Myanmar Geographical Features

Burma Geographical Features

Burma is the most north-western country in Southeast Asia, bordering China, India, Bangladesh, Thailand and Laos. It is dominated by the Irrawaddy river system, the surrounding valleys and the huge delta of the river to the south. One of the characteristics of the state seal is the following:-. To the east, the most important geographical feature is the Shan Plateau. Irrawaddy River System is one of Myanmar's most important geographical features as it is surrounded by an extremely fertile land.


Burma is situated in southeastern Asia and borders India and Bangladesh to the NW, China to the NE, Laos to the EE, Thailand to the SE and W of the Indian Ocean. There are no areas or dependences in Myanmar. Burma has a 3 distinct seasons: a cold November to February in the cold months, a warm March and April and a wet May to October when the southwestern monsoons come.

In mountain areas, the temperature can drop below 0°C (32°F) and rise up to 45°C (113°F) in the middle levels. Averages 508 centimetres (200 inches) of rain per year along the coastline and 76 centimetres (30 inches) for key areas. Freezing and snows appear in the high northern mountain ranges.

Myanmar, the biggest country on the Southeast Asian continent, has an exceptional diversity of terrains, from northern ice to southern caves. It has four large topographical areas: hills to the northeast and western, the Shan Highlands to theheast, the plain of Centrally Myanmar and the valleys and valleys to the southeast near the Irrawaddy and Sittang Rivers.

From Burma to Myanmar in the latter 1980', the Burmese army regime altered the name of the land; the administration also altered the name or spelling of many geographical features. Myanmar's west shore winds along the Bay of Bengal and reaches a point at Cape Negrais. Irrawaddy and the southeast coastline together form the top of the Andaman Sea, which joins the Gulf of Martaban.

Myanmar has no significant ocean incisions or sounds. Myanmar's west coastline and deltas were created by coastal line degradation. Off the north west coastline, the large Ramree (1,350 sq. km) and Cheduba (523 sq. km) are part of the Ramri group.

The Bilugyun is a large isle on the south-west shore. In the south-west there is an underwater landscape that makes up the Mergui Archipelago - about nine hundred islets, stretching from the Kadan Isle ('440 sq. km') to small rock. Myanmar's north west coastline has cliffy burrs with canals.

Behind Cape Negrais, the mud of the Irrawaddy and other streams form the southerly Myanmar coastline of the El Dorad. The coastline extends southwards from the estuary of the Sittang River, dotted with bays, rocks and coves. Probably an eartquake was the biggest of Myanmar's lakes: Indawgyi, with an area of 116 km2 (45 sq. m).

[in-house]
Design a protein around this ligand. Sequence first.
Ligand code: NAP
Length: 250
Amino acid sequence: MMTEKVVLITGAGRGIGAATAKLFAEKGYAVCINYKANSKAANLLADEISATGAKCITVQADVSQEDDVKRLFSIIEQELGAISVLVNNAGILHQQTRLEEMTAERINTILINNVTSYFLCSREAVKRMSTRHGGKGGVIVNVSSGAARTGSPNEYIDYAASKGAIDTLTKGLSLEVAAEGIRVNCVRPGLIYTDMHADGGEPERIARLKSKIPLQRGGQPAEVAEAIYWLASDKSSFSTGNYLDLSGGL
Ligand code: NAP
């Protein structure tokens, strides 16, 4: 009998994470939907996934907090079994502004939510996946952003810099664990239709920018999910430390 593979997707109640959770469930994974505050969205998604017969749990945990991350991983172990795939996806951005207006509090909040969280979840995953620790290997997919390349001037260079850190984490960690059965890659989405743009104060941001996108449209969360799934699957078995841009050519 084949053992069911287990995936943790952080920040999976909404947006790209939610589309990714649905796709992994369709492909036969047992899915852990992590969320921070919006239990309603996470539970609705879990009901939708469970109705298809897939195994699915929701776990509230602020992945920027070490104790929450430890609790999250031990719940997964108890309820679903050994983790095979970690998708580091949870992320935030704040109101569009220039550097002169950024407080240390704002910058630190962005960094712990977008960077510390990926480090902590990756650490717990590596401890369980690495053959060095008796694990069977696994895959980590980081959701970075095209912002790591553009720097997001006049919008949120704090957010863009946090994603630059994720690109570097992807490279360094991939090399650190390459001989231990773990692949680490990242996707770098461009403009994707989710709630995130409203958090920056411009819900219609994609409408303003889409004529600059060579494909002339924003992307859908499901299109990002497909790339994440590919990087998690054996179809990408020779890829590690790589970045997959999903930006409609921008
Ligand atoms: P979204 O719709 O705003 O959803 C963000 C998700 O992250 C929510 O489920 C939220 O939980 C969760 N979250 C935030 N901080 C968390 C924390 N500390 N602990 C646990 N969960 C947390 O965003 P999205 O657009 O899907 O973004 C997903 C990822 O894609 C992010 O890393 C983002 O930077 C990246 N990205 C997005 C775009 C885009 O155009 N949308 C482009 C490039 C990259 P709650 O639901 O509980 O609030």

Shan Plateau's second biggest freshwater reservoir is the flat Inle reservoir, which stretches for about 67 km2 (26 km2). There are several craters in the lower Chindwin Riverside. Irrawaddy (Ayeyarwady) is Myanmar's main sewer system and is 2,170 kilometres (1,350 miles) long. The Irrawaddy rises in the far northern part of Myanmar and runs southwards through the whole land before it enters the ocean through a nine-channel deata.

It' the longest stream in Myanmar. Irrawaddy's main affluent is the Chindwin River (960 kilometres), which runs off the north west. Situ-tang ( "Sittoung") rivulet (483 km/300 miles) originates just southwards of Mandalay and runs parallel to the Irrawaddy on its east aisle. Irrawaddy and Sittang Rivers lower dales constitute an extensive, low-lying belt of approximately 25,900 sq km (10,000 sq miles) that continuously extends into the ocean through siltation.

Myanmar's other great tributary, the Salween (Thanlwin), has its source in China and runs southwards over the Shan Plateau in the east of Myanmar. Salween is 1,325 kilometres (823 miles) within Myanmar, in a range of rapid courses and falls that run through sheer, narrower canyons. The powerful Mekong Riviera (4,200 kilometers) marks the 235-kilometer long Myanmar-Laos frontier in Shan State to the east.

Also in the SW there are some small streams that flow from the hills to the Gulf of Bengal. The" arid zone" of northern center Myanmar has seven rainy month in the year, in which the streams are drying up and storms frequently occur. Irrawaddy and Sittang River delta and flooded areas are at the core of Myanmar and offer its most prolific arable land.

Burma was abundant in rainforest, monsoons and mangroves. In Myanmar, the depletion of forestry has not only endangered wildlife and vegetation but has also led to mudslides, floods and droughts. The Shan Plateau and the southeast of the land are rugged and ruggedly cragged.

In Myanmar, elsewhere, there are promontories that lead to the ridges. Myanmar's northerly peaks, which includes the Patkai and Kumon Hills, are among the most southerly foothills of the Himalayas. They are very high and jagged; they encompass Hkakabo Razi at the most northerly tip of the state. They run southwards along the west borders of India and Bangladesh.

Arakan ( "Rakhine") hills stretch along the southeastern coastline. In the southeastern part of Mount Victoria, almost 2,500 kilometres southward of Mandalay, is Mount Popa, a dramatic extinguished lava that towers 1,518 metres (5,009 feet) from the nearby plateaus. Pegu Yoma (Bago) Hills are located in the heart of Myanmar. Shan Plateau has profound chalk canyons.

Some of the most important are the Salween (Thanlwin) and Gokteik gorges, which are crossed by the Namtu rivers. Northeastern Myanmar, Shan Plateau-149,743 sq km (57,816 sq miles) climbs to an altitude of approximately 914 metres (3,000 feet) on a mean altitude. There are several man-made reservoirs and embankments in the rivers.

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